5. I am waiting for a liver transplant. I don’t wanna die, but I’m not a rich japanese gangster. I was a drug and alcohol counselor for 23 years, which was rewarding in terms of intangible benefits, but not financially. I have been on a transplant list for two years now, as every aspect of my life and health both past and present was examined in microscopic detail. I passed, but what’s the point really? This particular criminal godfather isn’t the only gangster to jump the line. They got in front by ‘donating’ a half million dollars each to UC med center. The Docs and Hospital hide accountability for being weasels under the cloak of ‘patient confidentiality.’ Shouldn’t apply to illegal recipients. Gangsters gonna die anyway due to the same thing that ruined his liver in the first place. Either that or his gangster buds will off him for making a deal with our gullible FBI who are shocked, shocked I tell you, that a gangster lied to them about telling all AFTER the transplant. Morons.

  6. It’s also never really been clarified how Steve Jobs was able to get a liver so quickly. Apparently his access to the Apple jet enabled him to “shop” for a region with a shorter waitlist than California (I believe he got his liver in Nashville.)

  7. soulfinger, if the doctors involved did this from a private for-profit hospital, I would find it much less offensive. UCLA Medical Center is heavily supported by taxpayers, who didn’t fund it so that it could do this sort of thing. The doctors get $1 million, the gangster gets a liver . . . and taxpayers lose a life-saving liver. It’s an extreme abuse of public trust.

  8. The last time I checked the United States was a capitalist society. Basically if you can pay for it you can have it. Tax payment and fair play are moot within such a construct.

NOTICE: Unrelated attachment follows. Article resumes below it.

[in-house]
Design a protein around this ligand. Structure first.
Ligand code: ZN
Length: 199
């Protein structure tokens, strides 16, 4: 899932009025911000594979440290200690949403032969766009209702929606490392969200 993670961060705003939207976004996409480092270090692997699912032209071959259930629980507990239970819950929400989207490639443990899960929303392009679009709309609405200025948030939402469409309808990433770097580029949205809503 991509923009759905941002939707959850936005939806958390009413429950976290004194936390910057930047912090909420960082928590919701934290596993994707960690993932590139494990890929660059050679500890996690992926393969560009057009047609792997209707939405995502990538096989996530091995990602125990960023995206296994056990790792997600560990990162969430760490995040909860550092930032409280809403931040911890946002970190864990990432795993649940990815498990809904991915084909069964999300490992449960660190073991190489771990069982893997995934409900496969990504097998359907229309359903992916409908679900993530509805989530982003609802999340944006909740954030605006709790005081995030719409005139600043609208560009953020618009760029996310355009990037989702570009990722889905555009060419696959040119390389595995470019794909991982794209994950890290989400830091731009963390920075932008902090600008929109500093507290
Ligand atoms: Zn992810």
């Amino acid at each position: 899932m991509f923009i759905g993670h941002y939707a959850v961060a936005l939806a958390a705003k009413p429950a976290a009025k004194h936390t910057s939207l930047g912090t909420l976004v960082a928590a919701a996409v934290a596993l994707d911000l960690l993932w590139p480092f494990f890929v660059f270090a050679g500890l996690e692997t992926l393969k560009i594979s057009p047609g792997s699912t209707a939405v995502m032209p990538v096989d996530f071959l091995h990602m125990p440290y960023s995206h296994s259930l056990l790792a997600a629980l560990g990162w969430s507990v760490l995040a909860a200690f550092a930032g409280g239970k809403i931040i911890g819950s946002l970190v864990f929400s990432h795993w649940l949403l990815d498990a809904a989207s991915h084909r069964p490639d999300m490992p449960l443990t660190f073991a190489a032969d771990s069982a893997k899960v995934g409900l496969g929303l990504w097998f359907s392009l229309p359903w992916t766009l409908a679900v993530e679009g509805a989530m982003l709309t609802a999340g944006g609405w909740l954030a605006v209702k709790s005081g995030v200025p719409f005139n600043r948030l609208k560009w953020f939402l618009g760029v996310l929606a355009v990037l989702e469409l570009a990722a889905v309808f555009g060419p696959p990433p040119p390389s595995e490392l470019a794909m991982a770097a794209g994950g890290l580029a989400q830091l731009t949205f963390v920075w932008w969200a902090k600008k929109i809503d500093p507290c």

No surprise
    No big deal

  9. BTW, if you’re interested in what Hitchens has said more recently about Mother Teresa, like during the past week or so, just google ‘Hitchens Mother Teresa bitch.’ The woman has been dead for 10+ years, but he still becomes unglued by the thought of her. Too bad. Seems like he’s heading down the same path of shame as other accomplished notables as they mature…James Watson, Mel Gibson come to mind.

    This morning during a local newscast (WNBC, NYC), there was a story about H1N1 vaccine going to a corporation (Citi). Didn’t hear the whole bit, but the newscasters were upset that hospitals and MD offices couldn’t get enough vaccine for children and pregnant woman…but this corporation could get it for ‘healthy 40-year olds.’ If it’s true, maybe they paid $1M for it? Oh wait, didn’t we bail them out? If it’s not true, then they just ran with a rumor which they knew would push people’s buttons.

    Bottom line: there is nothing new under the sun.

  10. “To say that giving the money to Mother Teresa saved lives disregards what would have happened to the money had she not accepted it. Perhaps it would have been spent locally, giving the local economy a long-term boost and saving even more lives — lives of those from whom the money was stolen.”